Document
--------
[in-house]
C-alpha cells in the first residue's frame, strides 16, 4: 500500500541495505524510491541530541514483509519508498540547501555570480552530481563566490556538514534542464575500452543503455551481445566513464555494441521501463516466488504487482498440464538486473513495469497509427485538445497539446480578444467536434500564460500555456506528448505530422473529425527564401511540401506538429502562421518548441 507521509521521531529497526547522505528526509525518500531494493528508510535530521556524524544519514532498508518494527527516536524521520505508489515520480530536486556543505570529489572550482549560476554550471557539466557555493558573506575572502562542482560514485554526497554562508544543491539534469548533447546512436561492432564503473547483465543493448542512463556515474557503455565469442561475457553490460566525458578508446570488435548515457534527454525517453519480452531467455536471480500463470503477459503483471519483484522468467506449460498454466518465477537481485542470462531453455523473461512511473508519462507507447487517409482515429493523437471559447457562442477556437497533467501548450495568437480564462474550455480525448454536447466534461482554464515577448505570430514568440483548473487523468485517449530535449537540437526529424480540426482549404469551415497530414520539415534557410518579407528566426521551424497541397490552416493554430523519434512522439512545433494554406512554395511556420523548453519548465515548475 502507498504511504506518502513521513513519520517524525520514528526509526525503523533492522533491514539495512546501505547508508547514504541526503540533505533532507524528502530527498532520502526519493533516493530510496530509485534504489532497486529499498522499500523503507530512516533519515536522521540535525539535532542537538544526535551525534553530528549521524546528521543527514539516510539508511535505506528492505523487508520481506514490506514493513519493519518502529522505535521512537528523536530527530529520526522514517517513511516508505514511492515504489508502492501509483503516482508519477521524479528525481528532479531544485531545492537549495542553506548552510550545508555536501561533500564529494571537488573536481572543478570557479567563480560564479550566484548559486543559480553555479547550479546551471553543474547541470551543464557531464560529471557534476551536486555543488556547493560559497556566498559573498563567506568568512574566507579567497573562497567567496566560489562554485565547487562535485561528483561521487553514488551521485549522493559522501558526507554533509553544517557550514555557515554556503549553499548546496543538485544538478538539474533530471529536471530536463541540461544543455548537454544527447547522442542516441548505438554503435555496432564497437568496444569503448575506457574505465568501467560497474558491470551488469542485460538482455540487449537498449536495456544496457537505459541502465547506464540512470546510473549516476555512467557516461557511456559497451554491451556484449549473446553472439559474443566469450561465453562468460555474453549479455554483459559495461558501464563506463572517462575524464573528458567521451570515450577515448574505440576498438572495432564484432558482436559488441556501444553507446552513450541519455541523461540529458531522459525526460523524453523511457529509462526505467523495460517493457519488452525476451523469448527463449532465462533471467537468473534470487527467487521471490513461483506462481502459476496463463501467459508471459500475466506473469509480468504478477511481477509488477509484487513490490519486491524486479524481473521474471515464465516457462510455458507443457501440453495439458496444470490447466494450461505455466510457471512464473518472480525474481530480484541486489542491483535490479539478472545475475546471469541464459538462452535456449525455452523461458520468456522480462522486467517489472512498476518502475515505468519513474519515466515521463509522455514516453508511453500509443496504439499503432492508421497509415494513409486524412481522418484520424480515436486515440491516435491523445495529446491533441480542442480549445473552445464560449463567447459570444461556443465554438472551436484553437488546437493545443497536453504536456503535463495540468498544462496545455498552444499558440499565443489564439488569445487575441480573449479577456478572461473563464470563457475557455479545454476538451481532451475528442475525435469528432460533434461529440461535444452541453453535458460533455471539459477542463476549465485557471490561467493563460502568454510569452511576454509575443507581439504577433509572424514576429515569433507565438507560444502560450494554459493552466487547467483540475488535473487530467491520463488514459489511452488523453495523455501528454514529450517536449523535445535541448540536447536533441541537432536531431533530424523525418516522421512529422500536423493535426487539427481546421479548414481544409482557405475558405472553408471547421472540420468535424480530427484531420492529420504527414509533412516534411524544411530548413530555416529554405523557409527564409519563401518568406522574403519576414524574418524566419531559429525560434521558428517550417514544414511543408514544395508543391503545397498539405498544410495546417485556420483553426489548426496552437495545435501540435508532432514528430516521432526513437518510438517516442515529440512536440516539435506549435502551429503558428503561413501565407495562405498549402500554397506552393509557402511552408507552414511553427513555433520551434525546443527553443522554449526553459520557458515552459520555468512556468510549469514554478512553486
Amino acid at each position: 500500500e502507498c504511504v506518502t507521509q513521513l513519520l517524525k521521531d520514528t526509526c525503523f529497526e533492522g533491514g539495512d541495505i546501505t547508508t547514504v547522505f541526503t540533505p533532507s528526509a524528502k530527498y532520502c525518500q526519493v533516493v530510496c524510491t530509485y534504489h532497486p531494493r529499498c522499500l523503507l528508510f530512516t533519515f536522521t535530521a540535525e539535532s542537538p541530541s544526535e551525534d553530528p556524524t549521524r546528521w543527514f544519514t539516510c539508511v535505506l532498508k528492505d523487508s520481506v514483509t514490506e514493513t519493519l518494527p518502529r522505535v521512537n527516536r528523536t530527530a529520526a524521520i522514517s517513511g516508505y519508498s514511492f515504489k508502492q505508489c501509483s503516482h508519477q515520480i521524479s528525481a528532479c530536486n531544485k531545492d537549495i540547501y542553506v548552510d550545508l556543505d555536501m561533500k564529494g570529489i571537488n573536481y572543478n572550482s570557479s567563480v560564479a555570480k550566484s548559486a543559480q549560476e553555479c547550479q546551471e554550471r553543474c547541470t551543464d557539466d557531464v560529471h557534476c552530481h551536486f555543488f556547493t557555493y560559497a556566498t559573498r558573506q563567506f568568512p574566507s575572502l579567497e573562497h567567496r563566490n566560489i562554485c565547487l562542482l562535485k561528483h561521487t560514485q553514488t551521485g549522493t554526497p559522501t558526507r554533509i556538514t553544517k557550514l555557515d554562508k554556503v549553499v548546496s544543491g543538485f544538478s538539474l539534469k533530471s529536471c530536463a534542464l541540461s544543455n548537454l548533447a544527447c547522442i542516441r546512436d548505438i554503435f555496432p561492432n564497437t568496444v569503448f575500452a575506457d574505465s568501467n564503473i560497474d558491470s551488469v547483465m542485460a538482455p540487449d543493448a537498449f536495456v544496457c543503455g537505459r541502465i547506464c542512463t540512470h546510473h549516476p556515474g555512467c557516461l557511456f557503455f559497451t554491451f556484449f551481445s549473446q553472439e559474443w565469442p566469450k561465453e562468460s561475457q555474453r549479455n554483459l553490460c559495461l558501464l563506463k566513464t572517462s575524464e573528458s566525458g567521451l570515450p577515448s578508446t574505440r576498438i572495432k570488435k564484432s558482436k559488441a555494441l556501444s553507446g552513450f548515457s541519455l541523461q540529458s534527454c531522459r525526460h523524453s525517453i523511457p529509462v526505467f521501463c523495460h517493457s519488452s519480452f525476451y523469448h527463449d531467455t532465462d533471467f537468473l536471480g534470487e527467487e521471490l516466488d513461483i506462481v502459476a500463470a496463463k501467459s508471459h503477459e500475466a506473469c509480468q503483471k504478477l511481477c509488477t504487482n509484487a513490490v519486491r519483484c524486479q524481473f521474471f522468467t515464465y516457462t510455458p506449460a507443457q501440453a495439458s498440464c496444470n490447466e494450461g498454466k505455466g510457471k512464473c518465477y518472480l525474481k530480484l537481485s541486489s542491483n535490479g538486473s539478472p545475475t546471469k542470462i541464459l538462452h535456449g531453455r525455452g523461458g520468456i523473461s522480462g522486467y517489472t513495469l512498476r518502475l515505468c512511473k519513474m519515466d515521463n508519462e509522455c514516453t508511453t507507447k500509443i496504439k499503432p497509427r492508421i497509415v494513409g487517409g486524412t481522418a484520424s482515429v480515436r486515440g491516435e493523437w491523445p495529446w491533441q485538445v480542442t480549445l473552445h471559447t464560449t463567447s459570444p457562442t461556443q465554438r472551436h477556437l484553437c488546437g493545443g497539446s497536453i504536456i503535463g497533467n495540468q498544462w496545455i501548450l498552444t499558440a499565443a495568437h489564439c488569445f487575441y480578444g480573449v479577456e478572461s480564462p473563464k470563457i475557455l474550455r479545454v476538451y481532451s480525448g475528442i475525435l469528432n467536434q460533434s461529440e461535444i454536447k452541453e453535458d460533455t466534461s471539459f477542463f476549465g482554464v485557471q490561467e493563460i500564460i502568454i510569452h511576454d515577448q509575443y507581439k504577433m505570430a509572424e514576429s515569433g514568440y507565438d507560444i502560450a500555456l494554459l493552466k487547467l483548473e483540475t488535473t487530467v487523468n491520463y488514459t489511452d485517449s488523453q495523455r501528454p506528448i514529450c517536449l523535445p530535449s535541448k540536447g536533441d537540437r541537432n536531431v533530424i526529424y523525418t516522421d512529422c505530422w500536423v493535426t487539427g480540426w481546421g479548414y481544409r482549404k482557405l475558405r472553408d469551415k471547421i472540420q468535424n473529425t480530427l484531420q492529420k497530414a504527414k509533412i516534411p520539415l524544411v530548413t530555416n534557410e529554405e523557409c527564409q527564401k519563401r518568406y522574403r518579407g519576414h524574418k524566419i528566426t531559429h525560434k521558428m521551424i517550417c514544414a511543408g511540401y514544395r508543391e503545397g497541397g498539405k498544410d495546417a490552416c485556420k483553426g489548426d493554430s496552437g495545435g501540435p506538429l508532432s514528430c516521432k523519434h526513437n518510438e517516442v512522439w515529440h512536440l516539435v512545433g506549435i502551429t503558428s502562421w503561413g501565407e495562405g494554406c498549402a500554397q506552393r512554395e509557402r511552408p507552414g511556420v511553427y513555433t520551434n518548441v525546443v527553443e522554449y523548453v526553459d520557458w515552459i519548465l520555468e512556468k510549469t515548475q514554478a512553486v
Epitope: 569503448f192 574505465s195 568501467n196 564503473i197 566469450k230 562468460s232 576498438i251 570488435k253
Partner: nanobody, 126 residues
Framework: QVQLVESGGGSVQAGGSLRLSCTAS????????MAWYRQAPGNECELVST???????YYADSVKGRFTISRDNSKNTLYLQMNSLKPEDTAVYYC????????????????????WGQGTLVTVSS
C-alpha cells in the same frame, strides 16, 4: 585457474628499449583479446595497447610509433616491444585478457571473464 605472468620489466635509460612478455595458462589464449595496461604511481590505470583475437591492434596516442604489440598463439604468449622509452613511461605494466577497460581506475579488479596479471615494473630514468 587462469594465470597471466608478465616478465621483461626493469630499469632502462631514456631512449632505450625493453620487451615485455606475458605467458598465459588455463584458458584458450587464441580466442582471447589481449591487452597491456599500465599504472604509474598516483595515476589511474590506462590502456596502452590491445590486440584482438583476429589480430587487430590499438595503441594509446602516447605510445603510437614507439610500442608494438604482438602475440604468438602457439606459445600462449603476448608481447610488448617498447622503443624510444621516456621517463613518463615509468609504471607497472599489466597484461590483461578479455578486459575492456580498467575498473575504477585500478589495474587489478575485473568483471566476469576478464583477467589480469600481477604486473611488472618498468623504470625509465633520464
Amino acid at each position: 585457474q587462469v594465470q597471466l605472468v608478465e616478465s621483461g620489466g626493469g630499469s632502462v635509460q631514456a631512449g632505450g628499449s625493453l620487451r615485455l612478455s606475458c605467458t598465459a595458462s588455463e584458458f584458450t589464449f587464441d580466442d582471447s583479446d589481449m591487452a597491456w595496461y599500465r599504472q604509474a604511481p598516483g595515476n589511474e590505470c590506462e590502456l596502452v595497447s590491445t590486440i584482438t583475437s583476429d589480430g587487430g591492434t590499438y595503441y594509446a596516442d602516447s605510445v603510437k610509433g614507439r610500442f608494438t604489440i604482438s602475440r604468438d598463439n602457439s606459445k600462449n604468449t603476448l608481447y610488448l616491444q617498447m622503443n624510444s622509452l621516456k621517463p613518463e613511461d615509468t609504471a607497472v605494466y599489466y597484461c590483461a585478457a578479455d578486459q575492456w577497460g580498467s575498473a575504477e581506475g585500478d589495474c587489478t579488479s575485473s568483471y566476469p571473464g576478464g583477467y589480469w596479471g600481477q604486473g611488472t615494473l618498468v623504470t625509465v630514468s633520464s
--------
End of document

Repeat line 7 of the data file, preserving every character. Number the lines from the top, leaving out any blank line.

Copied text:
C-alpha cells in the same frame, strides 16, 4: 585457474628499449583479446595497447610509433616491444585478457571473464 605472468620489466635509460612478455595458462589464449595496461604511481590505470583475437591492434596516442604489440598463439604468449622509452613511461605494466577497460581506475579488479596479471615494473630514468 587462469594465470597471466608478465616478465621483461626493469630499469632502462631514456631512449632505450625493453620487451615485455606475458605467458598465459588455463584458458584458450587464441580466442582471447589481449591487452597491456599500465599504472604509474598516483595515476589511474590506462590502456596502452590491445590486440584482438583476429589480430587487430590499438595503441594509446602516447605510445603510437614507439610500442608494438604482438602475440604468438602457439606459445600462449603476448608481447610488448617498447622503443624510444621516456621517463613518463615509468609504471607497472599489466597484461590483461578479455578486459575492456580498467575498473575504477585500478589495474587489478575485473568483471566476469576478464583477467589480469600481477604486473611488472618498468623504470625509465633520464